‘I understand,’ Valjean said, rising to leave. But at the door he half-turned and said, ‘Monsieur, if you will permit me, I would like to come and see her. I wouldn’t come often or stay very long. We could meet in that little room on the ground floor. Please Monsieur, if I can’t see Cosette again, I’ll have nothing left to live for. Besides, if I suddenly stopped visiting, people would become suspicious and begin to talk
‘You can come every evening,’ said Marius. ‘Monsieur, you are very kind,’ said Jean Valjean, shaking Marius’s hand and leaving the room.
Chapter 15: The Truth at Last
Marius kept his promise about not telling Cosette, and Valjean visited her every evening in a small room on the ground floor. It was cold and damp, but a fire had been lit and two armchairs had been placed in front of it. At first, Cosette could not understand why Valjean refused to meet her upstairs. When he refused to kiss her cheek, she began to feel unhappy, afraid that she had done something to offend him. She pressed his hands in hers and held them to her lips.
‘Please, please be kind!’ she begged. ‘I want you to come and live with us. You’ll always be my father and I’m not going to let you go.’
He released his hands.
‘You mustn’t call me “father” any more,’ he told her. ‘You must call me “Monsieur Jean”.’
‘I don’t understand,’ she said, becoming angry. ‘This is ridiculous. You’re upsetting me very much, and I don’t know why you’re being so cruel.’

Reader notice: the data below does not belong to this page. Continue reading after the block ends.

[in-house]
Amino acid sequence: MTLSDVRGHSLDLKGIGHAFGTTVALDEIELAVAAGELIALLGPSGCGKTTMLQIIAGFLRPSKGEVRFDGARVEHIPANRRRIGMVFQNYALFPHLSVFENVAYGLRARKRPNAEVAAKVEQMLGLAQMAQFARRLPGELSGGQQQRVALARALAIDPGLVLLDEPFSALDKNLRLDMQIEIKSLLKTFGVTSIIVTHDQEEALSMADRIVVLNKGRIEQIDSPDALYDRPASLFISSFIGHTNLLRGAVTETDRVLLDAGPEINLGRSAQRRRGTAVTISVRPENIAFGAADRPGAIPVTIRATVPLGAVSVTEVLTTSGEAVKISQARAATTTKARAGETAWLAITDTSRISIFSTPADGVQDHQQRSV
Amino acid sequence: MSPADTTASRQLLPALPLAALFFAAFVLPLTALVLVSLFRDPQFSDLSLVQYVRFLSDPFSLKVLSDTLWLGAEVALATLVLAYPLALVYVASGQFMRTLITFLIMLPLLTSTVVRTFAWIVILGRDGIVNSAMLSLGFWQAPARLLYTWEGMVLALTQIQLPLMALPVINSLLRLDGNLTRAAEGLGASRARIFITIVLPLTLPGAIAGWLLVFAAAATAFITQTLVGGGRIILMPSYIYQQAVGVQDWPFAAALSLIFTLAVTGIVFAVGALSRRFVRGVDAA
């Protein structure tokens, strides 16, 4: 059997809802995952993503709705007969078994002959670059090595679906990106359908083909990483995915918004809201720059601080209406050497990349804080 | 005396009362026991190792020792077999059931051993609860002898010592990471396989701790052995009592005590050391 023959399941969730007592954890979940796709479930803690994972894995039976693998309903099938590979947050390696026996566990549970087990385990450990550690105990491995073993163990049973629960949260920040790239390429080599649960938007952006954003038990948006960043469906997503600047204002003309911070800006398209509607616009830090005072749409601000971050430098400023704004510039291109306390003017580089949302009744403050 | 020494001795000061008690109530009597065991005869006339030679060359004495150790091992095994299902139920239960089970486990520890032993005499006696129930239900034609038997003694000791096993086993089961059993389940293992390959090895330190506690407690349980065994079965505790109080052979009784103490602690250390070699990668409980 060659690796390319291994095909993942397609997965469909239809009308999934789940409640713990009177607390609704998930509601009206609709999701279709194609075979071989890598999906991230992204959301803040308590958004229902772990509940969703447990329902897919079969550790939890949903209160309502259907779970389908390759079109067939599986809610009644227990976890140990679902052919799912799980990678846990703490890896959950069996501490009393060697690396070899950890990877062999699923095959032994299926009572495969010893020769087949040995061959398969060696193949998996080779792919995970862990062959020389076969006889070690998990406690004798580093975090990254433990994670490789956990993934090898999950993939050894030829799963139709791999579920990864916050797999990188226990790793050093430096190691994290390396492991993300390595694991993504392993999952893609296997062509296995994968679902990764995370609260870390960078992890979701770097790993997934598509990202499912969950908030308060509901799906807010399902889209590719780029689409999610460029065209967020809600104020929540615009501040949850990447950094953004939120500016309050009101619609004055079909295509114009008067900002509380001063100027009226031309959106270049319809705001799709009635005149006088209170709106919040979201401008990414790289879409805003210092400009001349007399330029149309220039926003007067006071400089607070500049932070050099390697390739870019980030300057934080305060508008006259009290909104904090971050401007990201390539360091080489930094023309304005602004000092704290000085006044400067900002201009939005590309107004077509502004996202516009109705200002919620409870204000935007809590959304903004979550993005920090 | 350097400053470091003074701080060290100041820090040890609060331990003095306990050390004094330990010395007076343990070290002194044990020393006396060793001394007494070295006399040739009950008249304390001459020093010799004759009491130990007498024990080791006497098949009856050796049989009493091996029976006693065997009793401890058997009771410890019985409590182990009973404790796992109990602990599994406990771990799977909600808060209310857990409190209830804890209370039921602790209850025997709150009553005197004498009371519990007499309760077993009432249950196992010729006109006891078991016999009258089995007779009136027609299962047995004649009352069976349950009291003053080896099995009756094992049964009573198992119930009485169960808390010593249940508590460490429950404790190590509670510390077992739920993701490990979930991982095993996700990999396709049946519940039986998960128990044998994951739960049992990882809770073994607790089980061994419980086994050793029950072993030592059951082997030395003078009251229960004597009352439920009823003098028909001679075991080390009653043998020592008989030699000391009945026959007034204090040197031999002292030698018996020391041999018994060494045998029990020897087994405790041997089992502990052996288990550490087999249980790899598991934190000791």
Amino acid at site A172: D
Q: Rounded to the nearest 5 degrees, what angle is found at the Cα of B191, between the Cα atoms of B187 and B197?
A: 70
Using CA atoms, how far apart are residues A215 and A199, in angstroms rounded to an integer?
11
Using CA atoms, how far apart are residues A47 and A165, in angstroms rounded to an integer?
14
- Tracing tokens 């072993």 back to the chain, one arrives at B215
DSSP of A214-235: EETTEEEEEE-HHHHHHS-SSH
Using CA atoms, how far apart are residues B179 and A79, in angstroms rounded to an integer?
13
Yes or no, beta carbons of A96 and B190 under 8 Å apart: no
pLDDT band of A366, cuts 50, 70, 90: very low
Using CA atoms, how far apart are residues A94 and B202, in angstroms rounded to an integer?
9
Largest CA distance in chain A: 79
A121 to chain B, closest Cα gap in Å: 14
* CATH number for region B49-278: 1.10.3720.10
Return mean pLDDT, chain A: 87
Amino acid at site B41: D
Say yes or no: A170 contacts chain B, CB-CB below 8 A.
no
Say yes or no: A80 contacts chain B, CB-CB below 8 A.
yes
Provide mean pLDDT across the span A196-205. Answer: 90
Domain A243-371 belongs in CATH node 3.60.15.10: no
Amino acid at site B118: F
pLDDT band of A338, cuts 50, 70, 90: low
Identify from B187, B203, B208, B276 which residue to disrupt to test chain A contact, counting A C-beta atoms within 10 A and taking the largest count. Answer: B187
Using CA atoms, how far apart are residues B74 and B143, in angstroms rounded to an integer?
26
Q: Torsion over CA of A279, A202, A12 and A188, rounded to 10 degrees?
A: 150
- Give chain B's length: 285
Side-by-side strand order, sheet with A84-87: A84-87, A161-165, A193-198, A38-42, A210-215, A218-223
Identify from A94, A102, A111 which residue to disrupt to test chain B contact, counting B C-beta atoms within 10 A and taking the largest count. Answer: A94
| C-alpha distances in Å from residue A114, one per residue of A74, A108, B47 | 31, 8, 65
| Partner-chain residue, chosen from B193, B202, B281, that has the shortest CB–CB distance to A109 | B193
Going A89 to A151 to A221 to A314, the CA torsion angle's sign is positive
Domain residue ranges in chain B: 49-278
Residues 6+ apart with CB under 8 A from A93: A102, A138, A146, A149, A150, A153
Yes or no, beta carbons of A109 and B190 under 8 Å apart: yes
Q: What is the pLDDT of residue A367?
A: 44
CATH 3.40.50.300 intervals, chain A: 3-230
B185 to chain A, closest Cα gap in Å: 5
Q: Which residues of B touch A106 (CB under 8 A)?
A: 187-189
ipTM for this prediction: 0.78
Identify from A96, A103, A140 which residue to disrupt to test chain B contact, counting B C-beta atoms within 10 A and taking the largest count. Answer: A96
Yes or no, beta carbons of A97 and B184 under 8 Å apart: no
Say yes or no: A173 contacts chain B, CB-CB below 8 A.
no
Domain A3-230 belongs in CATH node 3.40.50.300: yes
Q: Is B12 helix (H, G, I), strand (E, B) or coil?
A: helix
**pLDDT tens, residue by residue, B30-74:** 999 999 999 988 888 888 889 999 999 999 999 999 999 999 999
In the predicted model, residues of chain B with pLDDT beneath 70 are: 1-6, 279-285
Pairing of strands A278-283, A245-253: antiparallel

‘You don’t need a father any more. You have a husband.’
‘What a thing to say!’ Cosette replied. ‘Are you angry with me because I’m happy?’
‘Cosette,’ he said, ‘your happiness is the only thing that matters to me. You’re happy now, and so my work is complete.’
With these words, he picked up his hat and left.
Jean Valjean continued his evening visits, but the relationship between himself and Cosette became cooler and more distant. She stopped calling him ‘father’ or asking him questions. As ‘Monsieur Jean’, he gradually became a different person to her, and she began not to depend on him for her happiness.
Valjean would sit looking at Cosette in silence, or would talk about incidents from their past. One evening in April, he called at the usual time but was told that Cosette had gone out with her husband. He waited in the small, damp room for an hour before sadly returning home. Over the next few days, his visits began to be interrupted by servants calling Cosette to dinner. When he arrived, he discovered that the fire had not been lit, and the armchairs had been left near the door. One evening he discovered there were no chairs in the room at all – he and Cosette had to stand in the cold for their whole meeting. Valjean realized what was happening; Marius was telling the servants not to make him welcome any more. That night he went home in despair, and the next evening he did not come at all.